“You did what?” I squealed in happy delight. There would be years of material from this one.

It was dawning on Fred that his ingenuity was not making the kind of impression he’d hoped it would. “I was afraid they might look a little odd,” he confessed. “They really stuck out when I first put them on, with the squares and all, so I trimmed them down.”

I went into the bathroom, where thin slivers of Claritin pack covered the vanity. I collapsed in laughter. I laughed some more when I saw Fred wearing the glasses the next day. I still laugh in the morning sometimes just thinking about those blister packs sticking out of the side of his glasses.


I’m glad to be married to someone who makes me laugh.

Scenes from the Sea: CSF and Tom Robinson’s Seafood

Unbeknownst to me, my recent quest for octopus started with a meeting at Duke’s Nicholas School of the Environment. The event, sponsored by DukeFish, was a focus group on the possibility of starting a CSF (community sponsored fishery) in Durham. A CSF works much like a CSA (community sponsored agriculture), in which individuals purchase a “share” in a farm for a summer and in return get vegetables delivered every week. (Duke’s Mobile Farmers Market offers this option.) Think tuna and shrimp in your weekly box instead of squash and tomatoes.

I signed up for the focus group the second I heard about it and persuaded poor Fred to come along with me. Not realizing that the event had been organized by graduate students, I was lured by visions of free wine and product samples–crab dips with water crackers; sushi rolls; smoked salmon with capers, onions and heirloom tomatoes; seared tuna slices drizzled with organic olive oil and sea salt.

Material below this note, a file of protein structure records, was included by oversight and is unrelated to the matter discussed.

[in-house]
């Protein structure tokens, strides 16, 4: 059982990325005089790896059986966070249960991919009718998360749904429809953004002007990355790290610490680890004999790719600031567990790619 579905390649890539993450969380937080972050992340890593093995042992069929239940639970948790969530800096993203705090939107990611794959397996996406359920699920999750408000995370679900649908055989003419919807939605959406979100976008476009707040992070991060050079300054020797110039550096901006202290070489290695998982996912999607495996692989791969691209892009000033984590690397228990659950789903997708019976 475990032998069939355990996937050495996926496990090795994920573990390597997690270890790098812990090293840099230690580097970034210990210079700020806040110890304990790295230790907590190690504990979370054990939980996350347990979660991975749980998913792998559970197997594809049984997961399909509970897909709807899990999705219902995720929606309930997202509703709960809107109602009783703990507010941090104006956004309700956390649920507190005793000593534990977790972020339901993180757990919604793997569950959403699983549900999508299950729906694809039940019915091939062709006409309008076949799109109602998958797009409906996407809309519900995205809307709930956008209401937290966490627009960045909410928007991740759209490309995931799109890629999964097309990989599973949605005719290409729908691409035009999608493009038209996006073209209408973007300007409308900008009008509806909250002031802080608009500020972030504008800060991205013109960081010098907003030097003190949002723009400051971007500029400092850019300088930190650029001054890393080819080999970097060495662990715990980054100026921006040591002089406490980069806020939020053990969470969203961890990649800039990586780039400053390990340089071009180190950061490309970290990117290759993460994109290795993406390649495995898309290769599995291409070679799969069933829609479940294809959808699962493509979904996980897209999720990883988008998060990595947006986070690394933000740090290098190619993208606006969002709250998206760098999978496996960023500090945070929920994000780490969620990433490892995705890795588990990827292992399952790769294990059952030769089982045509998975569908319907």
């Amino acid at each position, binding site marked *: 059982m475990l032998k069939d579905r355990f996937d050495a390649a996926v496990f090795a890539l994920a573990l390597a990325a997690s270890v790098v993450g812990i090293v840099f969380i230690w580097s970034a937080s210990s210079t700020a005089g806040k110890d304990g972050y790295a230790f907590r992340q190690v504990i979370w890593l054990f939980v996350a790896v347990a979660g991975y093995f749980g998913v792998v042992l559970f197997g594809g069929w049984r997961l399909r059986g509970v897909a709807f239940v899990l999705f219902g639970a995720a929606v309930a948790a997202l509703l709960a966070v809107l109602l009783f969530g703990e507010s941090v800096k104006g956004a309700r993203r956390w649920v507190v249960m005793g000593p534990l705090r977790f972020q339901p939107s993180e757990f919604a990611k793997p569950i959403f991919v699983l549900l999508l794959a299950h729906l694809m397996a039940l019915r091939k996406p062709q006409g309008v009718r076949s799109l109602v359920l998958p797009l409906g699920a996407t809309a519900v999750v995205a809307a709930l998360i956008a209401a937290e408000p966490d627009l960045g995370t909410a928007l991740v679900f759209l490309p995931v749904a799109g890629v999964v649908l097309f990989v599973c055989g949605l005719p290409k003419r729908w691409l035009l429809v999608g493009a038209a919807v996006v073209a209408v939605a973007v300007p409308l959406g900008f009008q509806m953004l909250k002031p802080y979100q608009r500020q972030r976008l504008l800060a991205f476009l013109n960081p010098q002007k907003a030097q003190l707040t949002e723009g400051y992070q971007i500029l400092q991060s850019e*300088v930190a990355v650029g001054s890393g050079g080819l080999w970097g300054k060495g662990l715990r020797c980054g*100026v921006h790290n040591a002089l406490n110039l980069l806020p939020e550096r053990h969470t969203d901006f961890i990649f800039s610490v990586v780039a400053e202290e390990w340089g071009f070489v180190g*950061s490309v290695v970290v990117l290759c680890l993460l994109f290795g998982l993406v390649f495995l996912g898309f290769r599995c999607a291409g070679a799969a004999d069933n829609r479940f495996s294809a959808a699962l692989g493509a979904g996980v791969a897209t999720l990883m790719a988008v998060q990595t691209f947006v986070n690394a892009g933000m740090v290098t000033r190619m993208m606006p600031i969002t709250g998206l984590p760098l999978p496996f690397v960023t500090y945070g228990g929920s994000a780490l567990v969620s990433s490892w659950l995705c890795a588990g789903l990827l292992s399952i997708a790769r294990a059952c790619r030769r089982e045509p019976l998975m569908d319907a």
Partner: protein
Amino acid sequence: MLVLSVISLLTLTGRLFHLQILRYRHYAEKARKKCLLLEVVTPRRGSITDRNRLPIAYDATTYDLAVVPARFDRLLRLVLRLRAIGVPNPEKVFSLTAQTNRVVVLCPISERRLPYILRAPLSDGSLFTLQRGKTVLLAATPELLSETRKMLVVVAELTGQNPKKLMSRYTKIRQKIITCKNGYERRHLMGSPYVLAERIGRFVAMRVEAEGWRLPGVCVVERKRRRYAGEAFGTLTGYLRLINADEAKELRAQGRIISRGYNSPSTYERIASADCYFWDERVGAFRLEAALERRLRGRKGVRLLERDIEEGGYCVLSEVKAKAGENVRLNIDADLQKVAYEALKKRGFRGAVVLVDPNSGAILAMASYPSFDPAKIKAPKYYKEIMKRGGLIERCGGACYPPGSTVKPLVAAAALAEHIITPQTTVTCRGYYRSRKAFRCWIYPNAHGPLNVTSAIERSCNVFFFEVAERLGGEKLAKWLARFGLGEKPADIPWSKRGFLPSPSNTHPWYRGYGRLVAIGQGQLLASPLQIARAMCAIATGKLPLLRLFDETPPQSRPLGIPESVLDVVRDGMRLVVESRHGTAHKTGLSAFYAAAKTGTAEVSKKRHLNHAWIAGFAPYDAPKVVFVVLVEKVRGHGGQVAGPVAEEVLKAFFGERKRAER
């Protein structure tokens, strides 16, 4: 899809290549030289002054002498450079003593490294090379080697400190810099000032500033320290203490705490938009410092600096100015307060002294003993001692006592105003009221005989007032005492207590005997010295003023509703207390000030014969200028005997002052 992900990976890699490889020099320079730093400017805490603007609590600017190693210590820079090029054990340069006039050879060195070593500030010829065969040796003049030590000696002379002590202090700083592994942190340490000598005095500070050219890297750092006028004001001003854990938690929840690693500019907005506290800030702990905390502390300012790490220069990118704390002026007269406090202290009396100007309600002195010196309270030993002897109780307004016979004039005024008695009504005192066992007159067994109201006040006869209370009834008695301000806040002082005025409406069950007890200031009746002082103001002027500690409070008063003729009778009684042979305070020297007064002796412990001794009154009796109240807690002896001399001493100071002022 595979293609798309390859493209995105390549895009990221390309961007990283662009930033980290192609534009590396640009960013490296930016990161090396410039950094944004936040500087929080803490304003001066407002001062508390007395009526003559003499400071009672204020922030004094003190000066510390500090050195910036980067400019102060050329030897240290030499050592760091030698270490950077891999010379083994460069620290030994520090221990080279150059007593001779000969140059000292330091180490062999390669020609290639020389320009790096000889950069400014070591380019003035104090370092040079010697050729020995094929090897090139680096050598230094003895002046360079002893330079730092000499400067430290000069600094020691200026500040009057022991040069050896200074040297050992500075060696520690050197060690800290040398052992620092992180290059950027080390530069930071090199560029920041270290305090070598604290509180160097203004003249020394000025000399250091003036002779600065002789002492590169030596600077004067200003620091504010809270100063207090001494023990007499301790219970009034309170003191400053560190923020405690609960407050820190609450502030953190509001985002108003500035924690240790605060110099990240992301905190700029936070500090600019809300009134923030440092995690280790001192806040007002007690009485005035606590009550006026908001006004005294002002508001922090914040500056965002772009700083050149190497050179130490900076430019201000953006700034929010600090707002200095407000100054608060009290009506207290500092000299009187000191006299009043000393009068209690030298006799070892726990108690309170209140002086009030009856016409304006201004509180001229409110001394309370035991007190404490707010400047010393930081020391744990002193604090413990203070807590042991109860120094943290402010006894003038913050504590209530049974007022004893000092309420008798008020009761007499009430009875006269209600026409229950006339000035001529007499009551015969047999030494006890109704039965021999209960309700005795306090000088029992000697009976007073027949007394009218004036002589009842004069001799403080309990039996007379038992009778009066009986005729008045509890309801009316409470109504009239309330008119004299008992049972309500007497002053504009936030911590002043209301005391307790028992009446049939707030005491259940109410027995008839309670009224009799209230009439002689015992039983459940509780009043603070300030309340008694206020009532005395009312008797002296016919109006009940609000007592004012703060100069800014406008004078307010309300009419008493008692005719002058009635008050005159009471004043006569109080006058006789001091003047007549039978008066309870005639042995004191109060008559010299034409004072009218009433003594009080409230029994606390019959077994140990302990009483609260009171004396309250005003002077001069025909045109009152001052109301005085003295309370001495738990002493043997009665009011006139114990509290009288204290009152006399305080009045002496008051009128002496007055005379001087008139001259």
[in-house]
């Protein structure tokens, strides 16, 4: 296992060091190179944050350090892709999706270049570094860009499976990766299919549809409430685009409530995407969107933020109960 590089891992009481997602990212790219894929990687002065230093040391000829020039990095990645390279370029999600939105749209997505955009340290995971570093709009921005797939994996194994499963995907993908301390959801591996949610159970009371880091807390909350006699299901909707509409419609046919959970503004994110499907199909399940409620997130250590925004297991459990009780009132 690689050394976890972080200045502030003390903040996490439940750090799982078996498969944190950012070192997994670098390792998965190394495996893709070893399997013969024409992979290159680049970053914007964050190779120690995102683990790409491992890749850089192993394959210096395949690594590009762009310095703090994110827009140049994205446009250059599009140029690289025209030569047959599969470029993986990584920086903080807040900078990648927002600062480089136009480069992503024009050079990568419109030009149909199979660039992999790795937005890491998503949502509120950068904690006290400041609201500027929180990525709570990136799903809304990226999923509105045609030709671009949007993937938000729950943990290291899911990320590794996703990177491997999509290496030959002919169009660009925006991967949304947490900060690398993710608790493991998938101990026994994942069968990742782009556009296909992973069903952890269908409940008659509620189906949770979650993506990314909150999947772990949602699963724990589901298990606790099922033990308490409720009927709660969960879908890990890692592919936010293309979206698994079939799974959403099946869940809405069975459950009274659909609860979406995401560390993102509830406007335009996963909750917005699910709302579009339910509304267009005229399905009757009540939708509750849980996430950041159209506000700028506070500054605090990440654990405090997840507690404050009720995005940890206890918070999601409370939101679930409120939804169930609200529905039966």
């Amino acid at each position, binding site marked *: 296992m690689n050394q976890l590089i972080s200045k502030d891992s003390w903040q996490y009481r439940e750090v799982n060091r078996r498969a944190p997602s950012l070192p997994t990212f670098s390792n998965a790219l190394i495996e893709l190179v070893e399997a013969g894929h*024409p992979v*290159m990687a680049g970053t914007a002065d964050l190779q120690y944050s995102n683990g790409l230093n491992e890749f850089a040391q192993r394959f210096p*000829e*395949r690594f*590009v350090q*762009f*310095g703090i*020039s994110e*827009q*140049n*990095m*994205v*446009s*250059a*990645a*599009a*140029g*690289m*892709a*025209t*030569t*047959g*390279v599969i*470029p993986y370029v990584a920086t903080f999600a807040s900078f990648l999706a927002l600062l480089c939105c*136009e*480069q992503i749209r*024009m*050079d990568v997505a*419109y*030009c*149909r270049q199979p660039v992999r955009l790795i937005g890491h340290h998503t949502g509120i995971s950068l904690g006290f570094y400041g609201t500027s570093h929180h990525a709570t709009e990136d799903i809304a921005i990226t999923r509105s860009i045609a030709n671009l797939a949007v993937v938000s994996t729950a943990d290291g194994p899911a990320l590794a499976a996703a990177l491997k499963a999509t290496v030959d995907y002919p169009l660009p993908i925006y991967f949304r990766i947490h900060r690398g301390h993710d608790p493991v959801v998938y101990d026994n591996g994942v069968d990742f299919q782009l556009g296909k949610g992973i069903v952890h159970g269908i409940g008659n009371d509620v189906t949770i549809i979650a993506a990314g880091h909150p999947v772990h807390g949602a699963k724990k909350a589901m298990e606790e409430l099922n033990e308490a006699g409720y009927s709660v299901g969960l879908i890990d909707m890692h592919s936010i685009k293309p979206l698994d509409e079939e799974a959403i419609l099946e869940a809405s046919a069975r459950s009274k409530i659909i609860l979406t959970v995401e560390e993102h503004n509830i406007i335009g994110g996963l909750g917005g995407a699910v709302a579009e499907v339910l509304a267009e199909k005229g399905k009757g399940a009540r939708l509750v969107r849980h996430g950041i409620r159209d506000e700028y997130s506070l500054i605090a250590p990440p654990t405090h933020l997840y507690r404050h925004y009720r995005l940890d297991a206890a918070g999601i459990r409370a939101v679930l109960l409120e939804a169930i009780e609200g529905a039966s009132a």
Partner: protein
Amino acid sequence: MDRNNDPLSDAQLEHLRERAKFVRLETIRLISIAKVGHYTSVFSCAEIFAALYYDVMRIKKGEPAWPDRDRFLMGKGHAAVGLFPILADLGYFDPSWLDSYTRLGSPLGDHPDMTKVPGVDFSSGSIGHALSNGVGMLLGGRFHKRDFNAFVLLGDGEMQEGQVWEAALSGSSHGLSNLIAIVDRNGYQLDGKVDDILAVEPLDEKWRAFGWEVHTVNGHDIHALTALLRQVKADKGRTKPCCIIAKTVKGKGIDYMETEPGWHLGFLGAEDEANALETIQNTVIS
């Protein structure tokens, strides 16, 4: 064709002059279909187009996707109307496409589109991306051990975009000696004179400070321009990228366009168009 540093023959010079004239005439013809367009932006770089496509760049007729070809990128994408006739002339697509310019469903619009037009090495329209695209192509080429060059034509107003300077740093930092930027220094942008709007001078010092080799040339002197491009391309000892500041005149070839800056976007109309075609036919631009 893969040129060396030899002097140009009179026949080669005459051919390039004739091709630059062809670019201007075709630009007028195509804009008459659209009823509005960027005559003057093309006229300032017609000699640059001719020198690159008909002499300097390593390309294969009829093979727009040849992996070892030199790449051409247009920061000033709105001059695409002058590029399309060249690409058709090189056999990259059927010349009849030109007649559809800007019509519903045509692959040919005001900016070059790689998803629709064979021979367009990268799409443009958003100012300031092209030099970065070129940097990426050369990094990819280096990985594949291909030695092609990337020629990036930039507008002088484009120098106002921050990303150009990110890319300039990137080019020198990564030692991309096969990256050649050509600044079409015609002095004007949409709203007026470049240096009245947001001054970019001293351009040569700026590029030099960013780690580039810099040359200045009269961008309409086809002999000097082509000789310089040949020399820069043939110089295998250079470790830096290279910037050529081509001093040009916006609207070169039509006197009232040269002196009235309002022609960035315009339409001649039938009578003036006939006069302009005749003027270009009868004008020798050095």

When we arrived, about five minutes late, the graduate students had already decimated the hummus, vegetable tray, ranch dressing, and pita bread to cobble together their pitiful suppers. Fred and I picked up some baby carrots and a few stray red pepper slices, scraped the remaining hummus from the tray, took our water bottles, and sat down.

Still, the group was interesting and the conversation productive–especially for me, since it led to the discovery of Tom Robinson’s Seafood in Carrboro.

As we discussed the possibilities of the CSF–the graduate students stuffed with pita bread, the rest of us trying to ignore the rumblings of our stomachs as they mulled over the carrot scraps– we agreed that it wasn’t easy to find fresh and reasonably priced seafood in Durham. “Except for Tom Robinson’s, of course,” said one participant, “which is the only place I can get sushi-grade fish. And it’s in Carrboro.”

Tom Robinson’s? Was it possible there was an alternative to $23/pound sea bass at Whole Foods and tired, mushy, dried-out supermarket offerings? I turned to Fred.

“I gotta talk to this guy after the meeting,” I whispered.

A desperate look came into his eyes. “Aren’t we going to get something to eat?” he croaked.

Fred often says he’s a simple man. He’s right. I knew exactly how to handle this one. “We can go get a pork sandwich at the Federal after this,” I wheedled.